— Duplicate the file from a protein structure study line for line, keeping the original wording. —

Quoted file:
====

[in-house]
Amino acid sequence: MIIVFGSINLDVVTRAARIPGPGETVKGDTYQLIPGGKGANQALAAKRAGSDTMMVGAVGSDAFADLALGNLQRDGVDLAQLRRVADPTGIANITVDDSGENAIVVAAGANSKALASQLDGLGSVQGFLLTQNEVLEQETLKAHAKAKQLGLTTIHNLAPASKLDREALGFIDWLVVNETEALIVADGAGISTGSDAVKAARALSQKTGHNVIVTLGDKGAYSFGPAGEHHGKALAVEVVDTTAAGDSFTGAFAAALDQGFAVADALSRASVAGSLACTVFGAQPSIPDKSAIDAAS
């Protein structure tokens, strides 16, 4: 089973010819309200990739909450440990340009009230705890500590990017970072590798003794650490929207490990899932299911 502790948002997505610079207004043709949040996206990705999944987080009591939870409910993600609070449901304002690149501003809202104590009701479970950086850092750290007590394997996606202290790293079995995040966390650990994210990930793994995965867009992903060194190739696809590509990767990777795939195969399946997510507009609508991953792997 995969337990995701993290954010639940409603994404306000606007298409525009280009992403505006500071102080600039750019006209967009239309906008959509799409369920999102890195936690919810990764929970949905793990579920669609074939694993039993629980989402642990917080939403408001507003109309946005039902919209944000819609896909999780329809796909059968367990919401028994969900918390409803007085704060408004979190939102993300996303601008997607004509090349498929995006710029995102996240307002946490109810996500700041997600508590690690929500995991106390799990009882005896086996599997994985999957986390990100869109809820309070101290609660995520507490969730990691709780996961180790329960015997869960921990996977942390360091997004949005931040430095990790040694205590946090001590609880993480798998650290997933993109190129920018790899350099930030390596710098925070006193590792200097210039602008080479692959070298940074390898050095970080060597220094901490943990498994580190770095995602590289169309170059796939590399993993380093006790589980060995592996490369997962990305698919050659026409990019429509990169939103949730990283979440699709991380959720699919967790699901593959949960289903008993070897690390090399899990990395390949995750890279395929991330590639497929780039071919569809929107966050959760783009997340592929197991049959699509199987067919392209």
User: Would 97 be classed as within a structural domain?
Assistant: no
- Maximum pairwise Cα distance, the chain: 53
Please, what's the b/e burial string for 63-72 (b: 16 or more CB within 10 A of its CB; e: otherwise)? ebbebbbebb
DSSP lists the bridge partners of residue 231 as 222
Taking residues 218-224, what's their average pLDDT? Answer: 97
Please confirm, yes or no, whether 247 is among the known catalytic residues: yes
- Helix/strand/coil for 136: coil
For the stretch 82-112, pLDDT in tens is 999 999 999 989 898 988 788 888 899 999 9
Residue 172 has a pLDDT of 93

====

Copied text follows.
[in-house]
Amino acid sequence: MIIVFGSINLDVVTRAARIPGPGETVKGDTYQLIPGGKGANQALAAKRAGSDTMMVGAVGSDAFADLALGNLQRDGVDLAQLRRVADPTGIANITVDDSGENAIVVAAGANSKALASQLDGLGSVQGFLLTQNEVLEQETLKAHAKAKQLGLTTIHNLAPASKLDREALGFIDWLVVNETEALIVADGAGISTGSDAVKAARALSQKTGHNVIVTLGDKGAYSFGPAGEHHGKALAVEVVDTTAAGDSFTGAFAAALDQGFAVADALSRASVAGSLACTVFGAQPSIPDKSAIDAAS
């Protein structure tokens, strides 16, 4: 089973010819309200990739909450440990340009009230705890500590990017970072590798003794650490929207490990899932299911 502790948002997505610079207004043709949040996206990705999944987080009591939870409910993600609070449901304002690149501003809202104590009701479970950086850092750290007590394997996606202290790293079995995040966390650990994210990930793994995965867009992903060194190739696809590509990767990777795939195969399946997510507009609508991953792997 995969337990995701993290954010639940409603994404306000606007298409525009280009992403505006500071102080600039750019006209967009239309906008959509799409369920999102890195936690919810990764929970949905793990579920669609074939694993039993629980989402642990917080939403408001507003109309946005039902919209944000819609896909999780329809796909059968367990919401028994969900918390409803007085704060408004979190939102993300996303601008997607004509090349498929995006710029995102996240307002946490109810996500700041997600508590690690929500995991106390799990009882005896086996599997994985999957986390990100869109809820309070101290609660995520507490969730990691709780996961180790329960015997869960921990996977942390360091997004949005931040430095990790040694205590946090001590609880993480798998650290997933993109190129920018790899350099930030390596710098925070006193590792200097210039602008080479692959070298940074390898050095970080060597220094901490943990498994580190770095995602590289169309170059796939590399993993380093006790589980060995592996490369997962990305698919050659026409990019429509990169939103949730990283979440699709991380959720699919967790699901593959949960289903008993070897690390090399899990990395390949995750890279395929991330590639497929780039071919569809929107966050959760783009997340592929197991049959699509199987067919392209």
User: Would 97 be classed as within a structural domain?
Assistant: no
- Maximum pairwise Cα distance, the chain: 53
Please, what's the b/e burial string for 63-72 (b: 16 or more CB within 10 A of its CB; e: otherwise)? ebbebbbebb
DSSP lists the bridge partners of residue 231 as 222
Taking residues 218-224, what's their average pLDDT? Answer: 97
Please confirm, yes or no, whether 247 is among the known catalytic residues: yes
- Helix/strand/coil for 136: coil
For the stretch 82-112, pLDDT in tens is 999 999 999 989 898 988 788 888 899 999 9
Residue 172 has a pLDDT of 93